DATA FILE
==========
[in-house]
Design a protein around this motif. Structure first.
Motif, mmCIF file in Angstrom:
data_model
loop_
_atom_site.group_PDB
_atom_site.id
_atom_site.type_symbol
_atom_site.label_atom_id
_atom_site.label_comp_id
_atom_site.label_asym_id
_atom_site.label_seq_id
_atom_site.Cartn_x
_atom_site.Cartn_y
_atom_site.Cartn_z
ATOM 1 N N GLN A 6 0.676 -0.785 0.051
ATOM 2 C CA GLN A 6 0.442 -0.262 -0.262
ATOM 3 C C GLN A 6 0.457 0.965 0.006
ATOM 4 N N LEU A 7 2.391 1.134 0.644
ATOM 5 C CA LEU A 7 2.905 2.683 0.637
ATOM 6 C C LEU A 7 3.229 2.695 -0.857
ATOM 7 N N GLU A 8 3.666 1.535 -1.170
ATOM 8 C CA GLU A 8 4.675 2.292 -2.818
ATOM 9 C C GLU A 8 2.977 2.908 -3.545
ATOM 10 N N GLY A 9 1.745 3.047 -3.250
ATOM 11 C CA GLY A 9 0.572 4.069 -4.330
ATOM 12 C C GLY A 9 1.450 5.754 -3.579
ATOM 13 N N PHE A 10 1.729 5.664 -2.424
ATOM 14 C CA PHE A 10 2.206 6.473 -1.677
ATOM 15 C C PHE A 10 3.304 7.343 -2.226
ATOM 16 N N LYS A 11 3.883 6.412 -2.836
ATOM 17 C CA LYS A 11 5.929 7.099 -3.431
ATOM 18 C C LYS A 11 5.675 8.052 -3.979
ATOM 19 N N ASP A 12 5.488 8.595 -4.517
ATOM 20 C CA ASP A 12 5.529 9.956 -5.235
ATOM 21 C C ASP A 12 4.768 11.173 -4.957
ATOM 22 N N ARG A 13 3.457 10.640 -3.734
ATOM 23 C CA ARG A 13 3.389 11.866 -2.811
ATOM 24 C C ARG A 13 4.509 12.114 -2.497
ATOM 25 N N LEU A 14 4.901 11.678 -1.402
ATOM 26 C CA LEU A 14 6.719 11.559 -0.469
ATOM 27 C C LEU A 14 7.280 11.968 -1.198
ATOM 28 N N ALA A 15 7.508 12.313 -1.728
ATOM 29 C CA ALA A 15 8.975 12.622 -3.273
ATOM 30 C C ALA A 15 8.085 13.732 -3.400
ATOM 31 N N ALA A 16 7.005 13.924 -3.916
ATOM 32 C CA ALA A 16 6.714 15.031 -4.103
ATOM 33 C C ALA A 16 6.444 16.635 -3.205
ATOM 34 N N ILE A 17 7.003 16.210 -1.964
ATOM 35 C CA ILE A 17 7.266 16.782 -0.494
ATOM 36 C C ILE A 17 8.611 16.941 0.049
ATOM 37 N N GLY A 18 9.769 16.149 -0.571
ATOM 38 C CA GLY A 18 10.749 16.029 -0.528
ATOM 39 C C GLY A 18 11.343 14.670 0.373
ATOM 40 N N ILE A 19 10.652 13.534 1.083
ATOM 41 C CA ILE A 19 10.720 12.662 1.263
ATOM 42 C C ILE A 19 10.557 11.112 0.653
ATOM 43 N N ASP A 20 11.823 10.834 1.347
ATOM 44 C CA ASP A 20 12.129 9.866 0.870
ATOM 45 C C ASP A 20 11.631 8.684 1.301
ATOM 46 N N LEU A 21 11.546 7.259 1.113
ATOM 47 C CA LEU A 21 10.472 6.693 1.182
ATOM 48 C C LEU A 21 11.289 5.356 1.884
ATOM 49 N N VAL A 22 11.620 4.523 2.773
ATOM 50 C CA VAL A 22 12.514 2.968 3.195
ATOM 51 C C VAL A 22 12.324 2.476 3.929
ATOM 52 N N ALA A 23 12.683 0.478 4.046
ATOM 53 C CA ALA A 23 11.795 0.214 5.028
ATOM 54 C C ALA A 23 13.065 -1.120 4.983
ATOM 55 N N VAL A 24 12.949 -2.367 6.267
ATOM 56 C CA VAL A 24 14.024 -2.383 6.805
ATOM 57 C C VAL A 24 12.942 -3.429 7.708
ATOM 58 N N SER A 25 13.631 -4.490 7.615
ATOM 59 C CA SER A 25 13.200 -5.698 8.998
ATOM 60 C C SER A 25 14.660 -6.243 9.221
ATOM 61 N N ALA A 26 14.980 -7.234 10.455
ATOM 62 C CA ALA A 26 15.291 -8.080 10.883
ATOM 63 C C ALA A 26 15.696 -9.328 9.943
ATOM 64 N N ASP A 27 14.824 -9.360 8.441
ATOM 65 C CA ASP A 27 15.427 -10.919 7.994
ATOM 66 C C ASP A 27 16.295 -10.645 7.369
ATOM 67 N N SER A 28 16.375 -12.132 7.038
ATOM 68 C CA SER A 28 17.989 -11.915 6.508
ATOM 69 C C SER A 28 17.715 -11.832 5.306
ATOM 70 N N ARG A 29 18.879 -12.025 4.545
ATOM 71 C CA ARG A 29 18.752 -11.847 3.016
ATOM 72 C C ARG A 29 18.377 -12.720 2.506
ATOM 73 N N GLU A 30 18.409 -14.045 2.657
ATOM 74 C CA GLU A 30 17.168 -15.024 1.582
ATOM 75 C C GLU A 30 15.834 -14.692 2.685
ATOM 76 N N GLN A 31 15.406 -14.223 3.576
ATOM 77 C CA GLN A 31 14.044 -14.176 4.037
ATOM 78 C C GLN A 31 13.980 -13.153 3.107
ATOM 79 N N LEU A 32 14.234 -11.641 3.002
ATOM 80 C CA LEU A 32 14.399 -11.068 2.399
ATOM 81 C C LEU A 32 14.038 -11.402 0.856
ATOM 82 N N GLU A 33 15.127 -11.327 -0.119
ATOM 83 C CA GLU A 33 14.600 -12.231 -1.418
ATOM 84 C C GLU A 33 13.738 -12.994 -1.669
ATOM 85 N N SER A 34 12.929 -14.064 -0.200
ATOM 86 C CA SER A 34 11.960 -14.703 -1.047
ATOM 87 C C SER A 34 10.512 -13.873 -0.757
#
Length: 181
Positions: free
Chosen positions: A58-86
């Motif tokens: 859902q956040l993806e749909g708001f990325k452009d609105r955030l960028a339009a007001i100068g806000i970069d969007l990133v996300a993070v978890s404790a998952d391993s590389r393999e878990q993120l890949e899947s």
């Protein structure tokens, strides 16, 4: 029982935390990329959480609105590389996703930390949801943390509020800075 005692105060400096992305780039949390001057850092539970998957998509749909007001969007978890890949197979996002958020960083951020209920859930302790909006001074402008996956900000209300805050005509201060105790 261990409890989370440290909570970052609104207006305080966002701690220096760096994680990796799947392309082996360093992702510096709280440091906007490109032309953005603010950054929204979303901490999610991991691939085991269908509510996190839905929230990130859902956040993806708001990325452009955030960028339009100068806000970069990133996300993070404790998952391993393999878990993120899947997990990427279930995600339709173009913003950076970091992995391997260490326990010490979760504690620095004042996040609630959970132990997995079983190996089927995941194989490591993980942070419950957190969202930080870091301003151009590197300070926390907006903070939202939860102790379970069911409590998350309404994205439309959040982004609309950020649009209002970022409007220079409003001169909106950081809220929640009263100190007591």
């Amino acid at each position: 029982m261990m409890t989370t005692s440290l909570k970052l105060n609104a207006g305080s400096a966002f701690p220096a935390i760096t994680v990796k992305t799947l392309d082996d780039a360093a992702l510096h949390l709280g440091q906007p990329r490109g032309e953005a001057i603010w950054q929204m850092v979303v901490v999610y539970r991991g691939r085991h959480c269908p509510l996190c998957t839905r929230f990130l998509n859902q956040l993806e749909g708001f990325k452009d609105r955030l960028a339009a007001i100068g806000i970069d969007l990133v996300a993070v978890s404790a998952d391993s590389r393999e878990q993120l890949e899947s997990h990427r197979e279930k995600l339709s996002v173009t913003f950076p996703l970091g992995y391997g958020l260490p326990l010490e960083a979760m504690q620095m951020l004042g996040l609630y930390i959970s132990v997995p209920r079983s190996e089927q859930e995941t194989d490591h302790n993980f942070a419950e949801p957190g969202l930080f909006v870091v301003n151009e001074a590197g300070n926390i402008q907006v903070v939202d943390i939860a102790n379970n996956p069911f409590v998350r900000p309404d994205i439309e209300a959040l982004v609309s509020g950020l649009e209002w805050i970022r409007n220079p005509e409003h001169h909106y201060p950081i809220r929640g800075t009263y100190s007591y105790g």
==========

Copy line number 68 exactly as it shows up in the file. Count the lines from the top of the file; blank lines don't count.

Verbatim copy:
ATOM 53 C CA ALA A 23 11.795 0.214 5.028